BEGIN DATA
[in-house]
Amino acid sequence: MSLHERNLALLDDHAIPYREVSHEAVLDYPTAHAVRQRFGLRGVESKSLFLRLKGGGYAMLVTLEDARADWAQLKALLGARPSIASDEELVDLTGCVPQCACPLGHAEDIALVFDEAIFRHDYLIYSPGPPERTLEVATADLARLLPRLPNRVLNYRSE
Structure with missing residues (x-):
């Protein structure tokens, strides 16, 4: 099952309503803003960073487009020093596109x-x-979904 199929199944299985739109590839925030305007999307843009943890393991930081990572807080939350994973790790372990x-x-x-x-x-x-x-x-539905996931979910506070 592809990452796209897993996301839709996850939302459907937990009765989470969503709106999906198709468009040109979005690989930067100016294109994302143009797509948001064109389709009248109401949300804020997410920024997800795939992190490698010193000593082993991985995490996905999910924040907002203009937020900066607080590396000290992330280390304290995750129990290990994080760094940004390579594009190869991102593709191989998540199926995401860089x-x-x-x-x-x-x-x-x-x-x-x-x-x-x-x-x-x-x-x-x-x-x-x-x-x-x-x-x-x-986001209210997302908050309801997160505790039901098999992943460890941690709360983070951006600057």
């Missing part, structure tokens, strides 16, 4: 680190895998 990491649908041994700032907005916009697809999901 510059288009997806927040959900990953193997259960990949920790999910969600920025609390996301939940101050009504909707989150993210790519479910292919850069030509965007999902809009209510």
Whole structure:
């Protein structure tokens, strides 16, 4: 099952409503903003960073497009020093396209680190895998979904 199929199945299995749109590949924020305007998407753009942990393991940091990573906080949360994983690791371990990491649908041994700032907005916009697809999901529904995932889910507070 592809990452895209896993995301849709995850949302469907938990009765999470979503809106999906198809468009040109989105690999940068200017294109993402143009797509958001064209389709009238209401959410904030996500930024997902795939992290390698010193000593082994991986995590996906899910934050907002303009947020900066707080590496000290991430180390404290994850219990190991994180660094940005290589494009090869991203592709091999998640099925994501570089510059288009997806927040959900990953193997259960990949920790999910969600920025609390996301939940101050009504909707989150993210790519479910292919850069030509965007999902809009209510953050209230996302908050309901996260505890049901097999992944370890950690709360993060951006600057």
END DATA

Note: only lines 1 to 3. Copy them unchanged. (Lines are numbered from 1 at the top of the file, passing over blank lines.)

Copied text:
[in-house]
Amino acid sequence: MSLHERNLALLDDHAIPYREVSHEAVLDYPTAHAVRQRFGLRGVESKSLFLRLKGGGYAMLVTLEDARADWAQLKALLGARPSIASDEELVDLTGCVPQCACPLGHAEDIALVFDEAIFRHDYLIYSPGPPERTLEVATADLARLLPRLPNRVLNYRSE
Structure with missing residues (x-):